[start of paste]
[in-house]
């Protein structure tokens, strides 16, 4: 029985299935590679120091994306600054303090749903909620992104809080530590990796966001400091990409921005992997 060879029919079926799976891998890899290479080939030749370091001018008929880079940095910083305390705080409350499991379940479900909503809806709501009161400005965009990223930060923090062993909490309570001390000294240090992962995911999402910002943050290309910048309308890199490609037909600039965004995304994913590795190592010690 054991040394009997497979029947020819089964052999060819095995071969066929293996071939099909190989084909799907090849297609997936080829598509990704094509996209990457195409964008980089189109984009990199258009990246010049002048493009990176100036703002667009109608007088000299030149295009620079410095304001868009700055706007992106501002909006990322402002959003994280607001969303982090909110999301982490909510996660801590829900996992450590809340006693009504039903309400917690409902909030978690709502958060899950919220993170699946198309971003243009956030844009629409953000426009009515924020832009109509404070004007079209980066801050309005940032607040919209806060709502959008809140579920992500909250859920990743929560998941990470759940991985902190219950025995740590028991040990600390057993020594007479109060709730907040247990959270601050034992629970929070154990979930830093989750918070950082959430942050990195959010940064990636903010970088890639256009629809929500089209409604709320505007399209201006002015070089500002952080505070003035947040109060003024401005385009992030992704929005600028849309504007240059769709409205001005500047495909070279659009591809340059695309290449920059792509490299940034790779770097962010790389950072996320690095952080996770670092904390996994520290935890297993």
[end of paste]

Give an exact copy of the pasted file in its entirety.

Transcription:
[in-house]
């Protein structure tokens, strides 16, 4: 029985299935590679120091994306600054303090749903909620992104809080530590990796966001400091990409921005992997 060879029919079926799976891998890899290479080939030749370091001018008929880079940095910083305390705080409350499991379940479900909503809806709501009161400005965009990223930060923090062993909490309570001390000294240090992962995911999402910002943050290309910048309308890199490609037909600039965004995304994913590795190592010690 054991040394009997497979029947020819089964052999060819095995071969066929293996071939099909190989084909799907090849297609997936080829598509990704094509996209990457195409964008980089189109984009990199258009990246010049002048493009990176100036703002667009109608007088000299030149295009620079410095304001868009700055706007992106501002909006990322402002959003994280607001969303982090909110999301982490909510996660801590829900996992450590809340006693009504039903309400917690409902909030978690709502958060899950919220993170699946198309971003243009956030844009629409953000426009009515924020832009109509404070004007079209980066801050309005940032607040919209806060709502959008809140579920992500909250859920990743929560998941990470759940991985902190219950025995740590028991040990600390057993020594007479109060709730907040247990959270601050034992629970929070154990979930830093989750918070950082959430942050990195959010940064990636903010970088890639256009629809929500089209409604709320505007399209201006002015070089500002952080505070003035947040109060003024401005385009992030992704929005600028849309504007240059769709409205001005500047495909070279659009591809340059695309290449920059792509490299940034790779770097962010790389950072996320690095952080996770670092904390996994520290935890297993």